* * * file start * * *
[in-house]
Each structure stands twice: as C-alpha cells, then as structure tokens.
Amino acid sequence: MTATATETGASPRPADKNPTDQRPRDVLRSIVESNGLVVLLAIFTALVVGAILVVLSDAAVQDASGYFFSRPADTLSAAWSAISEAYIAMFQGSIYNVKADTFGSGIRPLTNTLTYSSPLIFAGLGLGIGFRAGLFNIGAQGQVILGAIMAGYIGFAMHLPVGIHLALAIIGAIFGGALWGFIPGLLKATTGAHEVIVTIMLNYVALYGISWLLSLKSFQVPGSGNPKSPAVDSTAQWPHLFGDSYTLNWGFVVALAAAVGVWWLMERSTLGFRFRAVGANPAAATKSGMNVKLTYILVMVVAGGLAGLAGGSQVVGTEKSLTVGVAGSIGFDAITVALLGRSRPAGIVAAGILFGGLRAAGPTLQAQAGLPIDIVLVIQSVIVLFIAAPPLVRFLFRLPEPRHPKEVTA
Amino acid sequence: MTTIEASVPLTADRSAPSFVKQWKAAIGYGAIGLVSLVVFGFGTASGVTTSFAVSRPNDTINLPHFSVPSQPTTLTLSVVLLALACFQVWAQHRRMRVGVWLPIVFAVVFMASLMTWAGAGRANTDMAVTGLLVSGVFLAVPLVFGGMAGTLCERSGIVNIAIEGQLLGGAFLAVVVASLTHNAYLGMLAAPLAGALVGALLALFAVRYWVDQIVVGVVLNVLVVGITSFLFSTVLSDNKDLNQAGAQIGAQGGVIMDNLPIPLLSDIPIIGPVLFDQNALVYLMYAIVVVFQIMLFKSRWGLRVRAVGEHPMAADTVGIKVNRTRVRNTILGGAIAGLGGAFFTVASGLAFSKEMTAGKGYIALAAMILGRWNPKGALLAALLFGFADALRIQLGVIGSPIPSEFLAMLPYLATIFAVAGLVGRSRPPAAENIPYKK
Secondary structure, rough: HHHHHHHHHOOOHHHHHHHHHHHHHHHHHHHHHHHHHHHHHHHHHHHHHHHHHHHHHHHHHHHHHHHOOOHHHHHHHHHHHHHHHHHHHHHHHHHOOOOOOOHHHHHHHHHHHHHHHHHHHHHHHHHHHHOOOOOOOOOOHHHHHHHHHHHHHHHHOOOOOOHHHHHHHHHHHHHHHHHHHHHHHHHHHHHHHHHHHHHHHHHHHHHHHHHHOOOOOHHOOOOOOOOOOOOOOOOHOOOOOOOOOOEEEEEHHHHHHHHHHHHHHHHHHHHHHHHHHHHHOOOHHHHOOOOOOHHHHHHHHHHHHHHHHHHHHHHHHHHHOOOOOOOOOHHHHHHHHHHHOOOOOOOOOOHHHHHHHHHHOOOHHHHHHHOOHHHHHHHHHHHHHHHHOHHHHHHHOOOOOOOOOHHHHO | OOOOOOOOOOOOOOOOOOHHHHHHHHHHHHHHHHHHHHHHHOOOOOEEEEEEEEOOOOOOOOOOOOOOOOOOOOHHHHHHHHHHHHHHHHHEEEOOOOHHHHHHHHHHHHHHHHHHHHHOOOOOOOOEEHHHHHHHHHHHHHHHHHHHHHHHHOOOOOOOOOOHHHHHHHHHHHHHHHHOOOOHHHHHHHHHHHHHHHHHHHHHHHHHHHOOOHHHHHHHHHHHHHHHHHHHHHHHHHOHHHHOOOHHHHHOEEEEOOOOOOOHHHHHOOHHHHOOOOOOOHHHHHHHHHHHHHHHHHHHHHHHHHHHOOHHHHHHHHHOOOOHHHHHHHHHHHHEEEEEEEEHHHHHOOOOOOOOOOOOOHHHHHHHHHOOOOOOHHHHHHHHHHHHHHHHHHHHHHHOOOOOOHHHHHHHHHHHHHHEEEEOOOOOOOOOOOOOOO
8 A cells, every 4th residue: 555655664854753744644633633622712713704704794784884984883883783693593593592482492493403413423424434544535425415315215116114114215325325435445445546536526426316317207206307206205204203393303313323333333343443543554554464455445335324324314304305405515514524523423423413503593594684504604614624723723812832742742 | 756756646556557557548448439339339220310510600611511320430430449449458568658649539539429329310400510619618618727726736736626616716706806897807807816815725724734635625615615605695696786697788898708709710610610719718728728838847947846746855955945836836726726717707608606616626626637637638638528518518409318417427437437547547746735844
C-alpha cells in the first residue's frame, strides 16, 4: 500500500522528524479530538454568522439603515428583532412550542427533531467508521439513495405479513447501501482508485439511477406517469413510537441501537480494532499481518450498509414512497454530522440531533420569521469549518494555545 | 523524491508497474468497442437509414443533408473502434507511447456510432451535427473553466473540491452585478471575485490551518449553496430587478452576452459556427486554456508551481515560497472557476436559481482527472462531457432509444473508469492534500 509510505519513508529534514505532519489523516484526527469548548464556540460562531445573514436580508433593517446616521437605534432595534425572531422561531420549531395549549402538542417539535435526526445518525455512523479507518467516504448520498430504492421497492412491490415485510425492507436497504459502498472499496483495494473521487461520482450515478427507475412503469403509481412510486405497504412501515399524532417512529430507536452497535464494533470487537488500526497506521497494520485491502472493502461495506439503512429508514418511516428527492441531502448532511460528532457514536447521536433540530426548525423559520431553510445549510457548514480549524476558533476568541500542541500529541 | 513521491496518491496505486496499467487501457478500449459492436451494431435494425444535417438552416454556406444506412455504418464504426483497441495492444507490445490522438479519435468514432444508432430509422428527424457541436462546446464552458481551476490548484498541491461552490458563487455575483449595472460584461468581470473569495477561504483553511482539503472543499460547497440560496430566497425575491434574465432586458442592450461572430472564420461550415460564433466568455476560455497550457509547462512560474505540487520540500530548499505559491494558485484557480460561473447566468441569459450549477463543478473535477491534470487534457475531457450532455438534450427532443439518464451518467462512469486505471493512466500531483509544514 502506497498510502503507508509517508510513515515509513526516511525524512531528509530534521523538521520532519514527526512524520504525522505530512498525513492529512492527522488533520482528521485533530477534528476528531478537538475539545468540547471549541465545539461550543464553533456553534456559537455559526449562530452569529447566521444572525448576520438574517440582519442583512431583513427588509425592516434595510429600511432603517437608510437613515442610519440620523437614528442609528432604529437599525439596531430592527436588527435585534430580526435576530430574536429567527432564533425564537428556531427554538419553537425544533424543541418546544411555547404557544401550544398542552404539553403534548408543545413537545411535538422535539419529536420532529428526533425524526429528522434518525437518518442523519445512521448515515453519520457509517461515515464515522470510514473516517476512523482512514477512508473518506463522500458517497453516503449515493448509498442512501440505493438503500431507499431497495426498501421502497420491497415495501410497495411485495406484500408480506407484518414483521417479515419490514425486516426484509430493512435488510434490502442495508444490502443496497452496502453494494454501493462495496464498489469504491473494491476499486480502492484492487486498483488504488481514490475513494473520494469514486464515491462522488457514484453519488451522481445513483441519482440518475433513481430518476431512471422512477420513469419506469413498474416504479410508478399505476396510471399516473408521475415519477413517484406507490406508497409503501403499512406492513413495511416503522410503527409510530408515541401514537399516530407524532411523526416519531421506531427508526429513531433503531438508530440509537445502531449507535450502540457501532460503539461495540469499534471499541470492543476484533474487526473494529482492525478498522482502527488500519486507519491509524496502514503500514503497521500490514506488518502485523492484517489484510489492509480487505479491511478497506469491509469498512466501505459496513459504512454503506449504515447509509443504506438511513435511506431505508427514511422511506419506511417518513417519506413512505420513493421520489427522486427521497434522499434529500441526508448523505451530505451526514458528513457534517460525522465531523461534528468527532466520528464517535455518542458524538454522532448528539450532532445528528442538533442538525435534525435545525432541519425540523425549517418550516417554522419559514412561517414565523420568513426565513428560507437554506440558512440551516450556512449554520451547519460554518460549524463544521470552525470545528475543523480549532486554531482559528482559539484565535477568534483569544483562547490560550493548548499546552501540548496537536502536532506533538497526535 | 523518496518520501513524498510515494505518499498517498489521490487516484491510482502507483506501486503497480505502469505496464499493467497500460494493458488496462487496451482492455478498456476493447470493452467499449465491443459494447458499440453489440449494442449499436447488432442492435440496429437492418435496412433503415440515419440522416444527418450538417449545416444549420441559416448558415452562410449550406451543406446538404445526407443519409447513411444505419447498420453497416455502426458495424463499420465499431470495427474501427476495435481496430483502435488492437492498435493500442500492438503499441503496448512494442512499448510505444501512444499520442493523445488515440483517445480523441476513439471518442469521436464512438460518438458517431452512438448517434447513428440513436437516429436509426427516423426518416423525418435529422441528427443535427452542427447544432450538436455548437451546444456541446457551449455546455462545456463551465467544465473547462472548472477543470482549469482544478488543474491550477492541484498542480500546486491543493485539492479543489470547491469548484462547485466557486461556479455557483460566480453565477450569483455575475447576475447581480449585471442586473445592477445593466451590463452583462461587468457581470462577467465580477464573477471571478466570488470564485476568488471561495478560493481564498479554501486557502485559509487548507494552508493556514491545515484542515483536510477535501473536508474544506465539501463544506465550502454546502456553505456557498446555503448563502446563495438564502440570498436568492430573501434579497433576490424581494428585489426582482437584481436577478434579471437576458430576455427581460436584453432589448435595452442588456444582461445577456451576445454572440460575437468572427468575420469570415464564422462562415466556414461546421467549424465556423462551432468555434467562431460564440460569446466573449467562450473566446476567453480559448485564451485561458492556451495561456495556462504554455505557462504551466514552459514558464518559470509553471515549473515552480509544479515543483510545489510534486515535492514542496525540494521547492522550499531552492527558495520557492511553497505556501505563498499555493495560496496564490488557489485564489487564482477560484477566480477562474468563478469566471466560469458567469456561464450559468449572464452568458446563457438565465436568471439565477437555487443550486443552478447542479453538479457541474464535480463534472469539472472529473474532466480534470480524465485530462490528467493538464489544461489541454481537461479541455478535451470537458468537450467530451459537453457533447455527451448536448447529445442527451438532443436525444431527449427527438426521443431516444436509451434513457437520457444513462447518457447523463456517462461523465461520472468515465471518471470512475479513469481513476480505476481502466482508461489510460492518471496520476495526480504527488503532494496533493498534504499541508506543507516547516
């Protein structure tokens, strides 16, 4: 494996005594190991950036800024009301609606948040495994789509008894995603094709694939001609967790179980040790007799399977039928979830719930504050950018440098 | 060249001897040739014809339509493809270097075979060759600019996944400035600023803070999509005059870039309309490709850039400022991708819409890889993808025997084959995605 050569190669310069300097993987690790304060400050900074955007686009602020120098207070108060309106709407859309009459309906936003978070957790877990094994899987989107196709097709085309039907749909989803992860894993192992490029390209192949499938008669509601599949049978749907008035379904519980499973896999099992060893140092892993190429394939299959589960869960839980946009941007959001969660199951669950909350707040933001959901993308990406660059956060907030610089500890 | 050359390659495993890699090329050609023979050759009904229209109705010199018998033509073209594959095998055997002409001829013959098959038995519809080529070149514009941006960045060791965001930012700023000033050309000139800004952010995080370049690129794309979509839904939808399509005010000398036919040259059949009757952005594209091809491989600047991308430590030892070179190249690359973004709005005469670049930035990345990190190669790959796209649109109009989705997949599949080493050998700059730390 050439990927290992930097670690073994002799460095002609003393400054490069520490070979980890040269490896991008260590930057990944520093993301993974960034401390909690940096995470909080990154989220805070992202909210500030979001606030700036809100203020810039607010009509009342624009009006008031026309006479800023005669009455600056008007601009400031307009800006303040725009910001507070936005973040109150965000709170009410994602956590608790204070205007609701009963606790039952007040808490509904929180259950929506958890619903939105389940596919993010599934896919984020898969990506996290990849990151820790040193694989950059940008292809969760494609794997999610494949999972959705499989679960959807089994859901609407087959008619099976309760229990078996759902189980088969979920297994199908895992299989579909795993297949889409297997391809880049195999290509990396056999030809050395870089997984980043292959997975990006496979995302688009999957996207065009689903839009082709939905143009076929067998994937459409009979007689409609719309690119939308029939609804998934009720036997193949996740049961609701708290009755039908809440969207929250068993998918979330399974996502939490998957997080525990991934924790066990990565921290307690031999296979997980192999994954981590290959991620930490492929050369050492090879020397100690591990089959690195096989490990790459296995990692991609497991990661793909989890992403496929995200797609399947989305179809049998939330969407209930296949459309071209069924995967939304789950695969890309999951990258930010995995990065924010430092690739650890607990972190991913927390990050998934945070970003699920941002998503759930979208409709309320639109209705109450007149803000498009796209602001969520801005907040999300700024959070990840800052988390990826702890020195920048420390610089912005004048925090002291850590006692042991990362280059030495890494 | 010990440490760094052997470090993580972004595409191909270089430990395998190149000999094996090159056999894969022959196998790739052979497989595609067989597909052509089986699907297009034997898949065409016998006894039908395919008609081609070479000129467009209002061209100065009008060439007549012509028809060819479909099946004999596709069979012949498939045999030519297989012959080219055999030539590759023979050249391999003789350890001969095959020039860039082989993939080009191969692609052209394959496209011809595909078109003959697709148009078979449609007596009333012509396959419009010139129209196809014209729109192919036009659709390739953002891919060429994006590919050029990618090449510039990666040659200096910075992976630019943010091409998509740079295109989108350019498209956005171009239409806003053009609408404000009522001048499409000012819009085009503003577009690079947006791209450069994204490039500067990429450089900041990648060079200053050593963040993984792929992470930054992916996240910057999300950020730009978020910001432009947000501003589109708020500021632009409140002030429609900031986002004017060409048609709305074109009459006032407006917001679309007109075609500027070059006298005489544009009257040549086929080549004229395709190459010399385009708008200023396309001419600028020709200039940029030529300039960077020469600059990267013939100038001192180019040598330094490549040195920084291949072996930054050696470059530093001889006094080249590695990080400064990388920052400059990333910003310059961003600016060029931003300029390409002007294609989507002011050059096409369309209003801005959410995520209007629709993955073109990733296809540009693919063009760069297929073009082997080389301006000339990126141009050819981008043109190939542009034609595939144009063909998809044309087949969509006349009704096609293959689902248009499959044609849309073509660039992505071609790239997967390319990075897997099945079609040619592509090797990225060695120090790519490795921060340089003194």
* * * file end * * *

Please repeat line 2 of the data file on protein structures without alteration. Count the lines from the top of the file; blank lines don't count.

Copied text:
Each structure stands twice: as C-alpha cells, then as structure tokens.